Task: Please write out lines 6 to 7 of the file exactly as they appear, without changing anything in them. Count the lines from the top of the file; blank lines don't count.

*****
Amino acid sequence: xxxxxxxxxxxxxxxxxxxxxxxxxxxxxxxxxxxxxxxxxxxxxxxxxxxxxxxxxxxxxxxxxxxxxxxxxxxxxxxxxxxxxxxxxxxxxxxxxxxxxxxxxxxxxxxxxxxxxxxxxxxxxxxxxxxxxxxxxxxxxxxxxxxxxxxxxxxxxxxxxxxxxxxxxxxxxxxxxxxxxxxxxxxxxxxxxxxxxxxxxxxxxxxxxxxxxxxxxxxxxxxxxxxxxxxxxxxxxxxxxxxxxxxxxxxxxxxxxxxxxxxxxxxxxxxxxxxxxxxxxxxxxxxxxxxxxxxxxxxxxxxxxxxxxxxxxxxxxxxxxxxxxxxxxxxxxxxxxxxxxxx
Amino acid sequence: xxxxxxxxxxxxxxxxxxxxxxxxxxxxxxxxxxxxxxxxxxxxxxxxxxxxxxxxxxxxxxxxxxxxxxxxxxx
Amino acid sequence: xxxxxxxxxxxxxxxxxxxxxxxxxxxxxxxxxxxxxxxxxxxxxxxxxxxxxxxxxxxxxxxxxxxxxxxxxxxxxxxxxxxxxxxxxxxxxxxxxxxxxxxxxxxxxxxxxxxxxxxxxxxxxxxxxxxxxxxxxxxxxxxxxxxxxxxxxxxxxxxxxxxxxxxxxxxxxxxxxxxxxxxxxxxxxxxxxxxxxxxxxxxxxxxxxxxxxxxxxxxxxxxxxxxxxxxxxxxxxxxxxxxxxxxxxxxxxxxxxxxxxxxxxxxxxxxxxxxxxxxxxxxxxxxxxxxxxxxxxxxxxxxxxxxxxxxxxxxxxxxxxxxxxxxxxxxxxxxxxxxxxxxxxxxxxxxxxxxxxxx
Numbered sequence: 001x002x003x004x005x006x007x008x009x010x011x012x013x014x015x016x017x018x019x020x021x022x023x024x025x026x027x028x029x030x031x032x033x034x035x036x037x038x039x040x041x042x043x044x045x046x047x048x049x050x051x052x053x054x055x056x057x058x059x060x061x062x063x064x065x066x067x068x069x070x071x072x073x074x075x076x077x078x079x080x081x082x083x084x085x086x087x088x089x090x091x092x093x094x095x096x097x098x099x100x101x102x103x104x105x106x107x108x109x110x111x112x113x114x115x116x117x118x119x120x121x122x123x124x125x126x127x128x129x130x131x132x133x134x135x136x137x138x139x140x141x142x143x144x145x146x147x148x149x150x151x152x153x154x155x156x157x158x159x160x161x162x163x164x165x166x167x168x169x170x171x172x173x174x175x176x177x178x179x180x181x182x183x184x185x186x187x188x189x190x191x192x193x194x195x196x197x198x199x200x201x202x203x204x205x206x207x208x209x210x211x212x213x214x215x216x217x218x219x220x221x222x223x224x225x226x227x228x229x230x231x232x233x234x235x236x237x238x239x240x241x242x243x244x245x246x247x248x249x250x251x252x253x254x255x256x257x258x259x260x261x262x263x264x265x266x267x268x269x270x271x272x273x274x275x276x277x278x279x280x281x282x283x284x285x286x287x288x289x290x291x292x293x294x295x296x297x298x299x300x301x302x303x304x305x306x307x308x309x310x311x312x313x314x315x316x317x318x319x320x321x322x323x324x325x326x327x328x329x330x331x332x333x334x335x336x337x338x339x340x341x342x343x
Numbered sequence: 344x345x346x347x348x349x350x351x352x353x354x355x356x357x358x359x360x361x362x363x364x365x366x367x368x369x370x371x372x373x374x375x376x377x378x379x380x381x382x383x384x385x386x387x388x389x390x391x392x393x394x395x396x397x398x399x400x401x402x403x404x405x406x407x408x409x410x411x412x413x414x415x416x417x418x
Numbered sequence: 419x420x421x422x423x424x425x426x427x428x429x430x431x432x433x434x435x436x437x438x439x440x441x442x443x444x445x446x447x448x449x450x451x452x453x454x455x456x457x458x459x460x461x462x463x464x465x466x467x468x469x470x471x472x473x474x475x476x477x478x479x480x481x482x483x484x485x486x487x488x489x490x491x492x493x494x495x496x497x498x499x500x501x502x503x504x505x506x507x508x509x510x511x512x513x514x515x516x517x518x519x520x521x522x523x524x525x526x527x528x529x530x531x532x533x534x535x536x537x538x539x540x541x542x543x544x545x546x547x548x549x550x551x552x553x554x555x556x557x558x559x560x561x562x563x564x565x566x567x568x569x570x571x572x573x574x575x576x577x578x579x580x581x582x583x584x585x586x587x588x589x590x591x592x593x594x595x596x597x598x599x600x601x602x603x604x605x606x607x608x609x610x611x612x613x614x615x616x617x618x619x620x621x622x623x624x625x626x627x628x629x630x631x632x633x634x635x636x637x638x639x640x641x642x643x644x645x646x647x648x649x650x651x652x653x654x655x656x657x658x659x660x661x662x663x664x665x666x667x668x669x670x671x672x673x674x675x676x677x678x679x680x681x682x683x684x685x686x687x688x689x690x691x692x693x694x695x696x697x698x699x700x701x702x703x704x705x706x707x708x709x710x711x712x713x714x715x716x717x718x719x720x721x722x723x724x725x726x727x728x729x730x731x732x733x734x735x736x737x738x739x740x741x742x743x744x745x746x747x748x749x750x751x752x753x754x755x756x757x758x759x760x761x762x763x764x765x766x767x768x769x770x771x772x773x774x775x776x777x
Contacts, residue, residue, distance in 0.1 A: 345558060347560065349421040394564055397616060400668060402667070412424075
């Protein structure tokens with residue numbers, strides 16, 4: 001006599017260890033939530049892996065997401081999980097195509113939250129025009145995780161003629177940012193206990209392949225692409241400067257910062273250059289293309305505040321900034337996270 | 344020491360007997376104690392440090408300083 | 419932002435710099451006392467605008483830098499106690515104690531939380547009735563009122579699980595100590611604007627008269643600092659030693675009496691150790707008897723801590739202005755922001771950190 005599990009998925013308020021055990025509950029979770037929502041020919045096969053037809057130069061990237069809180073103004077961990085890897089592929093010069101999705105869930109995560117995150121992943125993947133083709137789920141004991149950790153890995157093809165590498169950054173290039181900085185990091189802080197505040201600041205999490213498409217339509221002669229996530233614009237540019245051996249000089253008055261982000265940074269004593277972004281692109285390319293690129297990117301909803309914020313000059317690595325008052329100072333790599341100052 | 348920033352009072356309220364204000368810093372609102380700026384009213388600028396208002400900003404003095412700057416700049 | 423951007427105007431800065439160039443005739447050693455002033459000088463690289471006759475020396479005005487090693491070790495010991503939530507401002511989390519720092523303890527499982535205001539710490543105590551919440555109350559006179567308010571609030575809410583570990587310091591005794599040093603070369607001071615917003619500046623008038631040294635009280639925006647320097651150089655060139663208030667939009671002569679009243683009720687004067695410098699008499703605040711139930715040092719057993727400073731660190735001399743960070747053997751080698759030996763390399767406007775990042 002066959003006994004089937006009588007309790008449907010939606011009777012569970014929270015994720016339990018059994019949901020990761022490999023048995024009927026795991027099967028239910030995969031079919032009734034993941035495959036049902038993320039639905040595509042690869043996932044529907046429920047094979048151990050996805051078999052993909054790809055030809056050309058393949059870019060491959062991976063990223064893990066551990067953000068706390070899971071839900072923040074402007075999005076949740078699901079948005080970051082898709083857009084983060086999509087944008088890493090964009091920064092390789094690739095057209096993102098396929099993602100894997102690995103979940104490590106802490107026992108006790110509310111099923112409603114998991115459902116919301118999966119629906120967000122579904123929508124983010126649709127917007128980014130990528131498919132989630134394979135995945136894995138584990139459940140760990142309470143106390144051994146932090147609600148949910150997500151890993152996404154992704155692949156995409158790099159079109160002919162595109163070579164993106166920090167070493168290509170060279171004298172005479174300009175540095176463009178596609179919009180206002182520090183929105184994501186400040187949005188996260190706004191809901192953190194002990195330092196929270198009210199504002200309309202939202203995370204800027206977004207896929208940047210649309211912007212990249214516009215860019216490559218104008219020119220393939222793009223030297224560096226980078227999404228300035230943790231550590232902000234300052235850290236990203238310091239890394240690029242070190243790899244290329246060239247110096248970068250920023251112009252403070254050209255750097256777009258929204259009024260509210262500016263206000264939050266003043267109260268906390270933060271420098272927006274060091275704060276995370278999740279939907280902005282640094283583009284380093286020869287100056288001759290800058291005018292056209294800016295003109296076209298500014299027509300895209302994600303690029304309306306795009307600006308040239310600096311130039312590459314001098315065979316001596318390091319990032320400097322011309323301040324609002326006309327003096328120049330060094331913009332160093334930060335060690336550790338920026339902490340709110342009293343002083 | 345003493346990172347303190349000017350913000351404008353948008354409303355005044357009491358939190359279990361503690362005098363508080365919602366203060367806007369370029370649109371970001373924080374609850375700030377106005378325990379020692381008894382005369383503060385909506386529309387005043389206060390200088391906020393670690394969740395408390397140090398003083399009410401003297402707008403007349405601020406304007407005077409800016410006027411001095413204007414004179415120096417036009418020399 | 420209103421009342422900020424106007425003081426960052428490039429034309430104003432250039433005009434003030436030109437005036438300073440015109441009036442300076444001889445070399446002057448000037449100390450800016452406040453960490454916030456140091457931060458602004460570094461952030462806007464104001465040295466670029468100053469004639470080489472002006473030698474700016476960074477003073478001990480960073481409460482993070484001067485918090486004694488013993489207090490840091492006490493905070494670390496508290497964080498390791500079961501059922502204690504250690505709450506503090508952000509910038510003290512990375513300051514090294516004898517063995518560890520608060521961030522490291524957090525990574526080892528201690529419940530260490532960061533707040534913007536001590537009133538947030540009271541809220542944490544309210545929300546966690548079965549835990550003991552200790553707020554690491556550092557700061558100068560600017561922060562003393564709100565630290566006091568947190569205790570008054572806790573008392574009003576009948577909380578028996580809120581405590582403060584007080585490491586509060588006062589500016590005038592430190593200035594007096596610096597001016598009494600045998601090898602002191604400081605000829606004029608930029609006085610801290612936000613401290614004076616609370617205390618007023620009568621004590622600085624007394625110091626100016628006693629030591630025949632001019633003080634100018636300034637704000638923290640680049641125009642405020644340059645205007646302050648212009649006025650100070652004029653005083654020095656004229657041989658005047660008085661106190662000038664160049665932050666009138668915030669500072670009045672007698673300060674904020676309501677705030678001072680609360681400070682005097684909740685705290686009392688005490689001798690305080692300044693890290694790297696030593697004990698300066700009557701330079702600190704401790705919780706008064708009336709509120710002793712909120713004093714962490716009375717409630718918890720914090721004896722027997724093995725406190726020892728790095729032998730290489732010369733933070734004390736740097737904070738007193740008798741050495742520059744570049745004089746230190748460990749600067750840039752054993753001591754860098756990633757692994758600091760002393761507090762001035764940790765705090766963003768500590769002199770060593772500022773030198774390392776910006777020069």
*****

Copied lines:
Numbered sequence: 419x420x421x422x423x424x425x426x427x428x429x430x431x432x433x434x435x436x437x438x439x440x441x442x443x444x445x446x447x448x449x450x451x452x453x454x455x456x457x458x459x460x461x462x463x464x465x466x467x468x469x470x471x472x473x474x475x476x477x478x479x480x481x482x483x484x485x486x487x488x489x490x491x492x493x494x495x496x497x498x499x500x501x502x503x504x505x506x507x508x509x510x511x512x513x514x515x516x517x518x519x520x521x522x523x524x525x526x527x528x529x530x531x532x533x534x535x536x537x538x539x540x541x542x543x544x545x546x547x548x549x550x551x552x553x554x555x556x557x558x559x560x561x562x563x564x565x566x567x568x569x570x571x572x573x574x575x576x577x578x579x580x581x582x583x584x585x586x587x588x589x590x591x592x593x594x595x596x597x598x599x600x601x602x603x604x605x606x607x608x609x610x611x612x613x614x615x616x617x618x619x620x621x622x623x624x625x626x627x628x629x630x631x632x633x634x635x636x637x638x639x640x641x642x643x644x645x646x647x648x649x650x651x652x653x654x655x656x657x658x659x660x661x662x663x664x665x666x667x668x669x670x671x672x673x674x675x676x677x678x679x680x681x682x683x684x685x686x687x688x689x690x691x692x693x694x695x696x697x698x699x700x701x702x703x704x705x706x707x708x709x710x711x712x713x714x715x716x717x718x719x720x721x722x723x724x725x726x727x728x729x730x731x732x733x734x735x736x737x738x739x740x741x742x743x744x745x746x747x748x749x750x751x752x753x754x755x756x757x758x759x760x761x762x763x764x765x766x767x768x769x770x771x772x773x774x775x776x777x
Contacts, residue, residue, distance in 0.1 A: 345558060347560065349421040394564055397616060400668060402667070412424075